“Kafka and the Traveling Doll”, by Jordi Sierra i Fabra

Steglitz Park, Berlin, 1923. Kafka was walking and saw a girl crying – and it seemed like the most inconsolable cry in the world. Undecided on whether or not to go to her, he was…

Dora Diamant, Kafka’s last companion and who was by his side for just a few months, told this story to the world in a book in which she recounted her life with the writer. The story was briefly told and it is not known about the contents of the letters or even who this girl was. Up to this point, the story would have taken place. From it, we only have mystery and imagination. As for the first, the mystery, some Kafka scholars tried to find this girl, but without success. And as for the imagination, Jordi Sierra i Fabra delved deep into it and the result was this fabulous little book.

Jordi took on the challenge of filling (in his own way) the gaps in this story: without any letter or more detailed account than Dora Diamant to give clues, Jordi started almost from scratch to write this beautiful story. In “ Kafka ea Boneca Viajante ”, the letters, which in real life perhaps only that girl has read, gain content; the girl who doesn’t know who it was is called Elsi; the story whose outcome we will never know has its ending drawn by Jordi Sierra i Fabra.

And the story of the book is very simple: Elsi cried for her lost doll and Kafka announces himself as a doll postman, saying that Brígida (a self-respecting doll must have a name) had traveled, but had written a letter to the girl . He had forgotten the letter at home, but would take it to the park the next day. Everything can go wrong if you mess with a child’s feelings and imagination without having a grand plan in mind beforehand. But everything can work out if you’re a great writer. Brígida travels as Kafka writes the letters that would belong to her and Elsi travels as she hears Kafka read the adventures narrated by the doll (since the dolls’ postman was also the one who read the letters). And to the reader, for no more than an hour or two, as the book has only 128 pages and some illustrations,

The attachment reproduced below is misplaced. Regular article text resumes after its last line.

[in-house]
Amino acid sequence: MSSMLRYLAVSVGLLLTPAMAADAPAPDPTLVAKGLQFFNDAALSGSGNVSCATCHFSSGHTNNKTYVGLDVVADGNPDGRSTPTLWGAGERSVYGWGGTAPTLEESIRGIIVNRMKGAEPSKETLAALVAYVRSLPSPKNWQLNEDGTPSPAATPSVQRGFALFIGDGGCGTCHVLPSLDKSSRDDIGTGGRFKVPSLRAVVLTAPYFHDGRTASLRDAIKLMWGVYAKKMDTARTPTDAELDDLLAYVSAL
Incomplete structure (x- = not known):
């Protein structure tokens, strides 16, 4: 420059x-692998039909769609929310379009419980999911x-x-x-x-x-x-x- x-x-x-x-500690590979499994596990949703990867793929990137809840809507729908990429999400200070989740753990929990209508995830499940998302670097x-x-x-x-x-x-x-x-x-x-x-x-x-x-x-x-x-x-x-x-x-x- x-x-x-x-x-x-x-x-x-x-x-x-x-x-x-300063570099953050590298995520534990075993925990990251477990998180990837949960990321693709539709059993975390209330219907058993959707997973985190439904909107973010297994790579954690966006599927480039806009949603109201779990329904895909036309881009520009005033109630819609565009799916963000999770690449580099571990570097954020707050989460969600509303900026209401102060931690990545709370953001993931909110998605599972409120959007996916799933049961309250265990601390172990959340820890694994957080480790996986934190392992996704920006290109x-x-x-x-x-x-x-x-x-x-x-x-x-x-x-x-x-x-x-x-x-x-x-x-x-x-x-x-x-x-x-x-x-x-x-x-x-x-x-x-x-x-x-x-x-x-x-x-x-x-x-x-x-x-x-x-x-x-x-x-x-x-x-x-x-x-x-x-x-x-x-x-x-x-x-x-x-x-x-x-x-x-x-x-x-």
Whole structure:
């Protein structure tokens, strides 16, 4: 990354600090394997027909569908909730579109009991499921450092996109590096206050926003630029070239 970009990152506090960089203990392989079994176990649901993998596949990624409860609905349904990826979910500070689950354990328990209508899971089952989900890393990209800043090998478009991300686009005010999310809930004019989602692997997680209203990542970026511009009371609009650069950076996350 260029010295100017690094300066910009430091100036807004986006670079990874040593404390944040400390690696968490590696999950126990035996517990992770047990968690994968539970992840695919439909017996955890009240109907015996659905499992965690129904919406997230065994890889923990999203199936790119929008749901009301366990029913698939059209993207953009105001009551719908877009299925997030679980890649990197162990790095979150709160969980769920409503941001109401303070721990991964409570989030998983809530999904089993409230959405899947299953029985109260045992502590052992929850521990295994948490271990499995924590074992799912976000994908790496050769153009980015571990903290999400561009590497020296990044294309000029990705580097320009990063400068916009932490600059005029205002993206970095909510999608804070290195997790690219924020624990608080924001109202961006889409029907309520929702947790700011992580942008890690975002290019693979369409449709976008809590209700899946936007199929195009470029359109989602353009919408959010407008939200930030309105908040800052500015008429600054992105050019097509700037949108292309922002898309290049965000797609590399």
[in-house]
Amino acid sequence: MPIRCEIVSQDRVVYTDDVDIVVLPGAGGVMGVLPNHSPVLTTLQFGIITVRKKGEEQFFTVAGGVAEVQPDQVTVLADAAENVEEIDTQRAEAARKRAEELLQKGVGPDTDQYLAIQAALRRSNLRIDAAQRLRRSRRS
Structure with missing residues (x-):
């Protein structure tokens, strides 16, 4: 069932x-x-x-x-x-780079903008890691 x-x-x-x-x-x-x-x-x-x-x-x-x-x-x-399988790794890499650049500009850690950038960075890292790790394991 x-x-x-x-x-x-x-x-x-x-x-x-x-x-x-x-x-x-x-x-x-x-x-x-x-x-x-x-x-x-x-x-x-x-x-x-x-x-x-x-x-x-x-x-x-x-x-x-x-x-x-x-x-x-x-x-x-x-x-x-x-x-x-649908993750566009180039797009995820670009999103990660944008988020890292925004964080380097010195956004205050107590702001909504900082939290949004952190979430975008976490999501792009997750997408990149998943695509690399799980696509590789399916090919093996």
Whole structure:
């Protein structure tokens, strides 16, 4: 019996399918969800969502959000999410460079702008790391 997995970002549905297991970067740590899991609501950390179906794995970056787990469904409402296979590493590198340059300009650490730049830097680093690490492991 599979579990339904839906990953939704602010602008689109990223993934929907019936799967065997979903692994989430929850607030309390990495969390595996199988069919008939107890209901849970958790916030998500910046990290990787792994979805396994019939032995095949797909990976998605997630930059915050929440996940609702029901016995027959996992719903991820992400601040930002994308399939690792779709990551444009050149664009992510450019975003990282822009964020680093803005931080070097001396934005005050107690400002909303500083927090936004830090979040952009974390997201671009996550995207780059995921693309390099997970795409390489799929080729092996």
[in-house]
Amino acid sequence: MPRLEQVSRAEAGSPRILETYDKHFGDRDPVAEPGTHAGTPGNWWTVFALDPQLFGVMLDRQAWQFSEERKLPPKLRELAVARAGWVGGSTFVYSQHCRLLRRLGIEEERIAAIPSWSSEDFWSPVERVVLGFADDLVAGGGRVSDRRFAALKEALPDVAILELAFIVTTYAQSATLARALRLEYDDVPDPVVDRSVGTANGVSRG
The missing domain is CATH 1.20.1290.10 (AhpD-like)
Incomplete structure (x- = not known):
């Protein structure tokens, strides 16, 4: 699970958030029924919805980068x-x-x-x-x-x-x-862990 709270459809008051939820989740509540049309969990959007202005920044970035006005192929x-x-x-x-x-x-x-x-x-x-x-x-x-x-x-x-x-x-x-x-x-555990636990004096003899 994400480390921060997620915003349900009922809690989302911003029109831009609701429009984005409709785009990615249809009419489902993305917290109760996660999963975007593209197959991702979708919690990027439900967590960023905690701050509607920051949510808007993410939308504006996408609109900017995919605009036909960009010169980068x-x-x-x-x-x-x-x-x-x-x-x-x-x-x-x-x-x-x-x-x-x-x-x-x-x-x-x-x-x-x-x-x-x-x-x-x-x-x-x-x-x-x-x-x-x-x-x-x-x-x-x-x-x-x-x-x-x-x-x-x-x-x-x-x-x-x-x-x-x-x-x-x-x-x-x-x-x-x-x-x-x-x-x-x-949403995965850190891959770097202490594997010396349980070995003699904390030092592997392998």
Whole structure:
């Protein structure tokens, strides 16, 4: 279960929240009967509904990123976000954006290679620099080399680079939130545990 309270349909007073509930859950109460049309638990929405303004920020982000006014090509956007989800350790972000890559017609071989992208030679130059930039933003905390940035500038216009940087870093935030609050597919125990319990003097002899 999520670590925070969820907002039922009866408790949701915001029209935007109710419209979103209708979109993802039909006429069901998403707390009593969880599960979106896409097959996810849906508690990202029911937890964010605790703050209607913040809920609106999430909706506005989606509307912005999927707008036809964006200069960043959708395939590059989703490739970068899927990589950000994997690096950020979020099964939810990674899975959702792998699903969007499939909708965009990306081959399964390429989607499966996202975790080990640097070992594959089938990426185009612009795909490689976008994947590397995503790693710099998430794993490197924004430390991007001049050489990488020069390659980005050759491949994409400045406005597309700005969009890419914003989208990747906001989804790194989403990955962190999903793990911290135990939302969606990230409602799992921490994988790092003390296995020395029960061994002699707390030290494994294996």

“The look was one of disbelief. The complete surprise. But it was a girl. The little ones want to believe. You have to believe. In your world, human distrust does not yet exist. It’s a universe of suns and moons, of linked days, full of peace, love and affection.”

This book earned the author some awards, such as the National Prize for Children and Youth Literature (Spain) in 2007 and the Youth Translation/Adaptation Award from the National Foundation for Children and Youth Books (Brazil) in 2009, in addition to awards in several other countries. The Brazilian edition is by Martins Fontes, with translation by Rubia Prates Goldoni and illustrations by Pep Montserrat.


“I was already sitting beside him, waiting. Franz Kafka took Brígida’s second letter from his coat pocket. This time, too, there was no lack of detail. The stamp was French and was taken from an envelope posted in France. In the same clear and pretty handwriting, the recipient’s name was read: ‘Mister doll postman, this letter is for Elsi’.
Elsi turned her over.
– ‘Champs Élysées, Paris’ – he read.
– How lucky your doll thinks so much about you and writes! – observed Franz Kafka.
– Brígida is a very good doll.”

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